For me though and thousands of other expats in KL, the perks of living here largely outweigh any potential difficulties. Generally, everyday life is convenient and easy, particularly compared to other Asian countries. Many expats I’ve known renew their contracts and stay for longer, and some never leave.

As I already had two years under my belt in Thailand, KL in comparison is a doddle. A friend who relocated to KL here before I did described life in the city as ‘expat living for dummies’ because it’s so easy. And it very much is. Standards are much more Western than other places in the region and the language barriers are few.

As Internations suggests, and I would hugely back it up: Kuala Lumpur is probably the best place to live in Asia for expats. The quality of life vs cost and ease of living make it so.

Are you keen to make the move too? Check out: What Visa Do I Need As An Expat In Malaysia?


  • Hi! Which areas would you say most western expats settle in KL? My kids will go to Alice Smith school in August. we are a British family currently residing in Dubai and moving to KL this summer. I was looking at mint kiara or ampang. Any suggestions of where is a good place to settle for us westerners or like minded people. ?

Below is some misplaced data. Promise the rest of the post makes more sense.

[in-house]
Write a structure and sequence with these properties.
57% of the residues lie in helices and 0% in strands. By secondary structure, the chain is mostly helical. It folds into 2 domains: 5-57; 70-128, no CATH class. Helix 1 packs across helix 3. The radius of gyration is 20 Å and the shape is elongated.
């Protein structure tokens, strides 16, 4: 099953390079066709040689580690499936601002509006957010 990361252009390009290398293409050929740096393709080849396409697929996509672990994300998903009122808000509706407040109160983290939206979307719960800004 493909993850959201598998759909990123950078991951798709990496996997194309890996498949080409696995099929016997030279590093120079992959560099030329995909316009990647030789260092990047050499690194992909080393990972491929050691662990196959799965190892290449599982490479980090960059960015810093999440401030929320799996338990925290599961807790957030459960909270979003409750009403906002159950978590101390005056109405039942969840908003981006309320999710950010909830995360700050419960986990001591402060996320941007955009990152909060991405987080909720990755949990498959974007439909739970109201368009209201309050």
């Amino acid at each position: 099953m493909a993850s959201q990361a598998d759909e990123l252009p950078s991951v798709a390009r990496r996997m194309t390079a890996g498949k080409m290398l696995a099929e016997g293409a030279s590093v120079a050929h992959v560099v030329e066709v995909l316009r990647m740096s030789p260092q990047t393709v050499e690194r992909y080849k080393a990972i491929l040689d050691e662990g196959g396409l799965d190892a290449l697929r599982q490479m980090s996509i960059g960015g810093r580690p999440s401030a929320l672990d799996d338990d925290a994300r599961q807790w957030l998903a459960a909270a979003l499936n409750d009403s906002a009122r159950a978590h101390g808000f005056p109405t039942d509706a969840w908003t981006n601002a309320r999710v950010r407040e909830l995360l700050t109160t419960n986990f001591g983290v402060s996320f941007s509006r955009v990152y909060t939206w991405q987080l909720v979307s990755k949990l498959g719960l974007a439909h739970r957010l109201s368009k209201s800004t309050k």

• Hi Maya, we might be in the same boat – what area did you decide on? we might be moving from London and possibly same school.

      • Hi Mary!
        Thanks for your message and sorry late reply,
        Exciting we will be in the same school, what ages are your kids?! Mine are 5&7, both girls
        We have found a home in Villa Serene kiara, desa Sri hartamas. Chose that because of the gated compound so safe for kids to roam around.
        Send me your number and we can connect!
        Maya X

    • A